88 LOT Summer 2006Loss of speech88 The results, in synthesis: All five male brains showed a left-larger-than-right asymmetry in area 44. By contrast, the Asymmetry Coefficients for females in area 44 and for both sexes in area 45 were more evenly distributed, i.e., no interhemispheric asymmetry could be detected in these cases. Intersubject variability in cytoarchitecture was accompanied by intersubject variability in the positions of areas 44 and 45 relative to sulci and gyri. The spatial variability of borders relative to macroscopic features therefore is a relevant factor for the architectonic interpretation of functional imaging studies with a spatial resolution of a few millimeters. The classic maps do not provide information concerning the position of borders in the depths of a sulcus. Kononova (1938) found areal borders of areas 44 and 45 that did not coincide with the fundus of a sulcus. In some sections, area 45 does not reach the inferior frontal sulcus; in other sections, area 45 occupies parts of the dorsal wall of the middle frontal gyrus

89 LOT Summer 2006Loss of speech89 Inter-hemispheric asymmetries Although the volumes of area 44 differed across subjects by up to a factor of 10, area 44 but not area 45 was left-over-right asymmetrical in all brains. The interhemispheric differences in the volume of area 44 appear to be greater than those in cytoarchitecture. A left-over-right asymmetry was detected in all 10 cases. This finding supports that of a previous study in which a significantly larger area 44 was found on the left than on the right (Galaburda, 1980). Nine of the 10 subjects of that study had a larger area 44 on the left side. If the present sample is combined with that in the study by Galaburda, the incidence of leftward asymmetry (19 of 20 cases, 95%) matches the frequency of left-sided speech dominance in the general population and may structurally reflect the functional lateralization No consistent left–right difference in the volume of area 45 was found. Area 45 is not more symmetric than area 44; it is more heterogeneous pertaining to the direction of asymmetry. The data on volumes of areas 44 and 45 also clearly showed that the variability of this parameter and of the total brain weights (and, thus, brain volumes) are considerable.

90 LOT Summer 2006Loss of speech90 Individual Statistically defined maps versus visible anatomy

91 LOT Summer 2006Loss of speech91 Brodmann 1909 Economo & Koskinas 1925 Sarkisov et al Variation in the anatomical definition of Areas 44 and 45 (Broca’s area) (Amunts et al. 1999)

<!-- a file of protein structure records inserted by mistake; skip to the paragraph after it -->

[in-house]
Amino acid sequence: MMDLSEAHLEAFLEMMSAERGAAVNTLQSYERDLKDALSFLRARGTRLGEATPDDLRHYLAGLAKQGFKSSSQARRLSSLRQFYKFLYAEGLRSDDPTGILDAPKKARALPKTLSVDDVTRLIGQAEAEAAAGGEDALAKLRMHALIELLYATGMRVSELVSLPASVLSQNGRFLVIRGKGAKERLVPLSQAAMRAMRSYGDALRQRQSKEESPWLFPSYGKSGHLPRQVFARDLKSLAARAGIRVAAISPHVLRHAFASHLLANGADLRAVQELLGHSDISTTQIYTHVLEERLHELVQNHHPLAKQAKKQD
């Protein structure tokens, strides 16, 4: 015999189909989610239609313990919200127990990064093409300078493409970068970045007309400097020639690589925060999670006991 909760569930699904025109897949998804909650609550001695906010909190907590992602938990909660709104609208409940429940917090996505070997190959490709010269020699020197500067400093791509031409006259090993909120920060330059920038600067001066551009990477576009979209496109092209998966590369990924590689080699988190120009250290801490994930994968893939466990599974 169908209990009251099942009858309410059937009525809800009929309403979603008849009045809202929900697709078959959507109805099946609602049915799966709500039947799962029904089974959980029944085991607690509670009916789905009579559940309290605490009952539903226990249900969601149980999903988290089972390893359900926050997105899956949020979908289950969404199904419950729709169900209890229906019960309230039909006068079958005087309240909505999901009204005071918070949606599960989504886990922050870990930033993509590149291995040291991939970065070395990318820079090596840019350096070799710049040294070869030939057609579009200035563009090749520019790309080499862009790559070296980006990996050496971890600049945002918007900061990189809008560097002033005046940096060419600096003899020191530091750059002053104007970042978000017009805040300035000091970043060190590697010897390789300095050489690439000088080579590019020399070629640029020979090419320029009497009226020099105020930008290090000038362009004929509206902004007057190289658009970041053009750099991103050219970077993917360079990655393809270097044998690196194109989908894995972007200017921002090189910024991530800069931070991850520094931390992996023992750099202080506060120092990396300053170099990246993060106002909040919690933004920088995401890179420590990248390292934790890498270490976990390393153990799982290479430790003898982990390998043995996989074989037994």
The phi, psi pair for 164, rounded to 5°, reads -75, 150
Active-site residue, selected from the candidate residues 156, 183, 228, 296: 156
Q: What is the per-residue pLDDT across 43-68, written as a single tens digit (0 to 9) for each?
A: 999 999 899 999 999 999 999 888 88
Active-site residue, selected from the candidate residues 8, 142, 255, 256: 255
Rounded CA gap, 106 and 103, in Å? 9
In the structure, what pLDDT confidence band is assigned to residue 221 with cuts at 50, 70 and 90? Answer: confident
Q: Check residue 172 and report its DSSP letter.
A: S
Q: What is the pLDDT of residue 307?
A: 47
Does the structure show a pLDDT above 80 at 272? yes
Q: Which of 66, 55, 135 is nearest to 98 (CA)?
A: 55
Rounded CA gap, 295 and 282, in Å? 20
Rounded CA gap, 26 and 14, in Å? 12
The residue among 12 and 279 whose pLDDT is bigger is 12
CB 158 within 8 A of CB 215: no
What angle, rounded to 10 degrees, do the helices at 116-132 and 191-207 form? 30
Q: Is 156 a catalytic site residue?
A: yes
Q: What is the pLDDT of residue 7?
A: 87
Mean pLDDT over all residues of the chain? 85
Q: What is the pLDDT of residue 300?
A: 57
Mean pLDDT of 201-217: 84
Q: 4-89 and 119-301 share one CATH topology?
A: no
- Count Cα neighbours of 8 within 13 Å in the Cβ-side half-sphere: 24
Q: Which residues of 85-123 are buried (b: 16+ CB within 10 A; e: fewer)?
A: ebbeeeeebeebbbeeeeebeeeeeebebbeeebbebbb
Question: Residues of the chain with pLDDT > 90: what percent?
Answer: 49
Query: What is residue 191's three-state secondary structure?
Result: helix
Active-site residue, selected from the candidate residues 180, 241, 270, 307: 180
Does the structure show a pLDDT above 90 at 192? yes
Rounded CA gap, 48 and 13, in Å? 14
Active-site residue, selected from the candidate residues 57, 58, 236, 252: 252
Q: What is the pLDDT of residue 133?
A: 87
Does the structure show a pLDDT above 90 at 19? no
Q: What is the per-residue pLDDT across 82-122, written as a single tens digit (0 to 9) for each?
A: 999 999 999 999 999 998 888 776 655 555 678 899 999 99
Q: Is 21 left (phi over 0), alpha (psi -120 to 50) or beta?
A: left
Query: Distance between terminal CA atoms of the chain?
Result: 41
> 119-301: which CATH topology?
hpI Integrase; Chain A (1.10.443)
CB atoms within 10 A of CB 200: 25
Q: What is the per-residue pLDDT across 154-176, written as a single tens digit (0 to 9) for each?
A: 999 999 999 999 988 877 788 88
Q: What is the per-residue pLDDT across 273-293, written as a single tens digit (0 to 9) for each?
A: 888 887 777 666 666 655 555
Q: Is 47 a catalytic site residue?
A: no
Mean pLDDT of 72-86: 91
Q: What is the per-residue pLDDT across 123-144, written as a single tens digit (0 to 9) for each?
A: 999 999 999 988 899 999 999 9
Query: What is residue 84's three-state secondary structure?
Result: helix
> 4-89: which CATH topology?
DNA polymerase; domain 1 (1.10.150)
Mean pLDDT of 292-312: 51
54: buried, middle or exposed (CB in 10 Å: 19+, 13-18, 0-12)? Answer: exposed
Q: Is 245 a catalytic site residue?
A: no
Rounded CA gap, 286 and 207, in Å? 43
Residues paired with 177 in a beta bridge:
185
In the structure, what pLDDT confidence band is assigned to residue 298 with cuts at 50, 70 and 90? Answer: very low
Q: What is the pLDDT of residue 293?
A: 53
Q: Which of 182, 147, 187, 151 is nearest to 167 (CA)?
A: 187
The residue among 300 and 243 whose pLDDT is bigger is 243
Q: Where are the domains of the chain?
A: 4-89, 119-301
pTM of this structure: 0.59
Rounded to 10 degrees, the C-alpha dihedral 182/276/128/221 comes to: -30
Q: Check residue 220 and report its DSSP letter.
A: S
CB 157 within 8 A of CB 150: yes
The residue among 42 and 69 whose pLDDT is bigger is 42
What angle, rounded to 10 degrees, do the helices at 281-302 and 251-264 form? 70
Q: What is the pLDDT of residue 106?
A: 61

92 LOT Summer 2006Loss of speech92 Broca’s aphasia revisited (Friedmann 2006) n Who did the cat chase? AC n Which dog did the cat chase? C n WHO is a pure operator, while WHICH is discourse-dependent and therefore computationally “more costly” (Hickok and Avrutin 1995; Tait 1995; Avrutin 2006) n Strong asymmetry between tense and subject- verb agreement inflection (tested in many languages) n Subject-verb agr. 65% correct or more n Tense is at chance level

93 LOT Summer 2006Loss of speech93 Broca’s aphasia revisited (Friedmann 2006) n A = affected NA = not affected n A Subject pronouns NA Object pronouns n A Relatives NA Reduced relatives n A Wh-questions NA yes/no questions n A Subordination conjunctions n NA Coordination conjunctions n Language variability: n A yes/no questions in Dutch, English and German n NA yes/no questions in Hebrew and Arabic

94 LOT Summer 2006Loss of speech94 The Tree Pruning Hypothesis (TPH) (Friedmann, 1998, 1999, 2006; Friedmann and Grodzinsky, 1997, 2000) n In essence: The highest functional nodes in the syntactic tree are selectively affected CP C’ C TP T’ TNegP AgrP Agr’ vPvP Wh-question Complementizer Tense Agreement milder severe

95 LOT Summer 2006Loss of speech95 The Tree Pruning Hypothesis (TPH) (Friedmann, 1998, 1999, 2006; Frriedmann and Grodzinsky, 1997, 2000) n Recovery of S.B. a 20 years-old Hebrew speaker with traumatic brain injury (Friedmann, 2005, 2006) CP C’ C TP T’ TNegP AgrP Agr’ vPvP Wh-question Complementizer Tense Agreement 15 months 6.5 months 4.5 months